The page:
This Friday, our Community Arts class will be finishing our sessions with the Alabama Blues Project. It has been a lot of fun working with the 5th grade at Matthews Elementary. Together as teachers, we learned that with the right guidance, children are capable of incredible amounts of creativity. This semester the children learned interpersonal and self presentation skills through cartoon self portraits and theater activities. They also learned collaboration and planning skills through painting murals. Breaking out of comfort zones was an obstacle that they had to occasionally overcome, but once they pushed past and got started on their artwork or activity, they gained confidence and exceeded our expectations. Through discussion, we learned strategies and insights to take back to our individual communities and careers to improve living no matter how small the change. After this semester and beyond, the three of us will have experience and strategies to evaluate and better our different environments through art and collaboration.
As we’ve worked with the Alabama Blues Project thus far, we have seen continuously how the students (as well as ourselves as the teachers) have learned and grown through the process of making art. However, rarely have we been able to so directly and so quickly make an impact as we did today.
After working mostly with visual art projects and with the students’ final show coming up, it seemed only fitting to put their presentation skills to the test! The vocal students got the opportunity to stand up in front of their friends and fellow students and introduce themselves as well as a fun fact about themselves. We elaborated on what the vocal teacher had already taught the students and focused on diction, projection, and stage presence. This means making sure the audience can understand you, can hear you, and can see you.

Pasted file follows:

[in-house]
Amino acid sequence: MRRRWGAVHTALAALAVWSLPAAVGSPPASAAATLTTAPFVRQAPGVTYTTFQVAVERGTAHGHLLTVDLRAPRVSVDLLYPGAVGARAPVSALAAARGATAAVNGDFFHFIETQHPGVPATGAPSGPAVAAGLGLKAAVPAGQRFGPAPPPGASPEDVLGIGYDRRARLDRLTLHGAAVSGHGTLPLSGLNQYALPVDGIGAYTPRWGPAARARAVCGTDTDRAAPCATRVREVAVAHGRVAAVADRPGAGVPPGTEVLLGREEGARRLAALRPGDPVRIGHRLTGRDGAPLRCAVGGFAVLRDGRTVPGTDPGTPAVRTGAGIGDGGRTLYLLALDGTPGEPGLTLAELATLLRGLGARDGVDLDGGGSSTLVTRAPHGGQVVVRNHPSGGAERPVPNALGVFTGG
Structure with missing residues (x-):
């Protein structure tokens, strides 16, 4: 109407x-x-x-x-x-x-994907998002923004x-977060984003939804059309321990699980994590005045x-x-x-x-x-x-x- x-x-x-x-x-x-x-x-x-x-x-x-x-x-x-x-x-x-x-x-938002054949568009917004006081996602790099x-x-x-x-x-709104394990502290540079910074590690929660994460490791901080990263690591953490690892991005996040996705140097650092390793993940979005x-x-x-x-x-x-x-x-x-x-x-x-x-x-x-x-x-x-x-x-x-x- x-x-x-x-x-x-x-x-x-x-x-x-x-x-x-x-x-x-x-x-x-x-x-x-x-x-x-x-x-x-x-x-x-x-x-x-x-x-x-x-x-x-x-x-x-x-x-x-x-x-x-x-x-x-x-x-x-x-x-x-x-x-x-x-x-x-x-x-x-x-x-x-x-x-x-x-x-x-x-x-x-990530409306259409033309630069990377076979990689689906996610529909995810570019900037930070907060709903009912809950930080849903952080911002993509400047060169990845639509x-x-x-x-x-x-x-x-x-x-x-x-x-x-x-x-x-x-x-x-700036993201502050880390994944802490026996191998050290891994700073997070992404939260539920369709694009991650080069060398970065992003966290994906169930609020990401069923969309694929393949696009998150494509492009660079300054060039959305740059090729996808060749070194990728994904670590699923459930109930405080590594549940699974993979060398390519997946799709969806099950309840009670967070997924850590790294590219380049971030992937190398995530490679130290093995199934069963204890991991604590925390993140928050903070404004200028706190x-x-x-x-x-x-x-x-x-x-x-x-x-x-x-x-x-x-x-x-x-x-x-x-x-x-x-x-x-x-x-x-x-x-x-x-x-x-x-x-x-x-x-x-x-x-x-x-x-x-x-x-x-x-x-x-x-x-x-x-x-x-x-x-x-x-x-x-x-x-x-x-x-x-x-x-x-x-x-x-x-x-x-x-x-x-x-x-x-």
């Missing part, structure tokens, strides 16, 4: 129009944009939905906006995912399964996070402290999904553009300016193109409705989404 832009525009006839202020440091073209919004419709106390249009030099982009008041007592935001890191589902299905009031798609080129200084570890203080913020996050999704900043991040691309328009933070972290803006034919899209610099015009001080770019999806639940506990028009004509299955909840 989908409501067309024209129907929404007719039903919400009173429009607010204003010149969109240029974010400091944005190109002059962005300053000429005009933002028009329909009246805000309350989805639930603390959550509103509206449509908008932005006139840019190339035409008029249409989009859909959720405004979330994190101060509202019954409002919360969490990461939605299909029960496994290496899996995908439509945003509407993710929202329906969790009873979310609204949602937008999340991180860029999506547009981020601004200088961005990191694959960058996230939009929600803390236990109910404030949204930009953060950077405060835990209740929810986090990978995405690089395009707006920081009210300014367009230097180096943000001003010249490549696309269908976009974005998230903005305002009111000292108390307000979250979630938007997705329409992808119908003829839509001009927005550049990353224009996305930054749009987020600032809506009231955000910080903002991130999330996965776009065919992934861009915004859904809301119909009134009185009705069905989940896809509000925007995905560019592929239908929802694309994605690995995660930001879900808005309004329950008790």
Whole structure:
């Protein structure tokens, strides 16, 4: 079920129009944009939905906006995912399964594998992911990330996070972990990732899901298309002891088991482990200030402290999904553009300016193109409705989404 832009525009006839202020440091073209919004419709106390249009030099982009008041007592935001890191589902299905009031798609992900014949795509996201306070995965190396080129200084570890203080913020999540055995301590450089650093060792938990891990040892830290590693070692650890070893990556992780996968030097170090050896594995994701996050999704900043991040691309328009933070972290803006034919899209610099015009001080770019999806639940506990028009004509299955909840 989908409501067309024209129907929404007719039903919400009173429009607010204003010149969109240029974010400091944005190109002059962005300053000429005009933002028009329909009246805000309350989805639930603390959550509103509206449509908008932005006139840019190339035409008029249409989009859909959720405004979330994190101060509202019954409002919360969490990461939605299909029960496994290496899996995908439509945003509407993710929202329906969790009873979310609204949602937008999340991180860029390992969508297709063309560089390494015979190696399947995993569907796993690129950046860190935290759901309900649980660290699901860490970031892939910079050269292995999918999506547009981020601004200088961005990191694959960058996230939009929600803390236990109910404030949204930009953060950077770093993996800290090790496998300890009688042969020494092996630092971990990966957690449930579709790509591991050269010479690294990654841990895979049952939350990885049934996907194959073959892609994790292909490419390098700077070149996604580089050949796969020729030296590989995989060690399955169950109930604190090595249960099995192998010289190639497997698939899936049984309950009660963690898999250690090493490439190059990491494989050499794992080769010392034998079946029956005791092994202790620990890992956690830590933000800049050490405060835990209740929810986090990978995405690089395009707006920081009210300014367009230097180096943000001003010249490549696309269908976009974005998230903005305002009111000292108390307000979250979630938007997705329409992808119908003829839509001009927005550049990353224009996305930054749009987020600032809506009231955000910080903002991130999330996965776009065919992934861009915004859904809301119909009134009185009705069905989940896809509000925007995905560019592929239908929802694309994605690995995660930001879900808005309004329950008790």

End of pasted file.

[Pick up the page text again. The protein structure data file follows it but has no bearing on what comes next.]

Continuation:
The difference between the first round and the second was staggering! The shyest of students broke out of their shell in a matter of five minutes, volunteering to go again and asking questions. Every student stood taller and spoke louder and more clearly the second go around. And when we asked if anything was different between the first and second times, almost every single one of them expressed how much more confident they were after going through it once.
It was heartwarming and exciting to watch the students enjoy presenting themselves, and I look forward to seeing how far they’ve come at their final performance!
Throughout the last few months, I have been so pleasantly surprised at the students of Matthews Elementary Schools. Working with the Alabama Blues Project has given me a new perspective on the institution of ar
ts in the schools. Growing up in a public school, I was limited to the programs introduced to me; however, because of the hard work and determination of The Alabama Blues Project, these students are receiving chances that many other students their age are deprived of.
I believe the skills that these children are learning will follow them throughout life. Often, the students play as their uninterested, but as soon as they are given a task or purpose their eyes light up. This is why I do this. Watching the children experience new activities and ways of learning build confidence in themselves and one another. The children of Matthews Elementary encourage one another during every task set in front of them. I believe that arts should be encouraged in schools because when children create others are encouraged.
I have been reminded this semester that change in a school system can be impactful no matter how small. It is better to begin small than never start at all.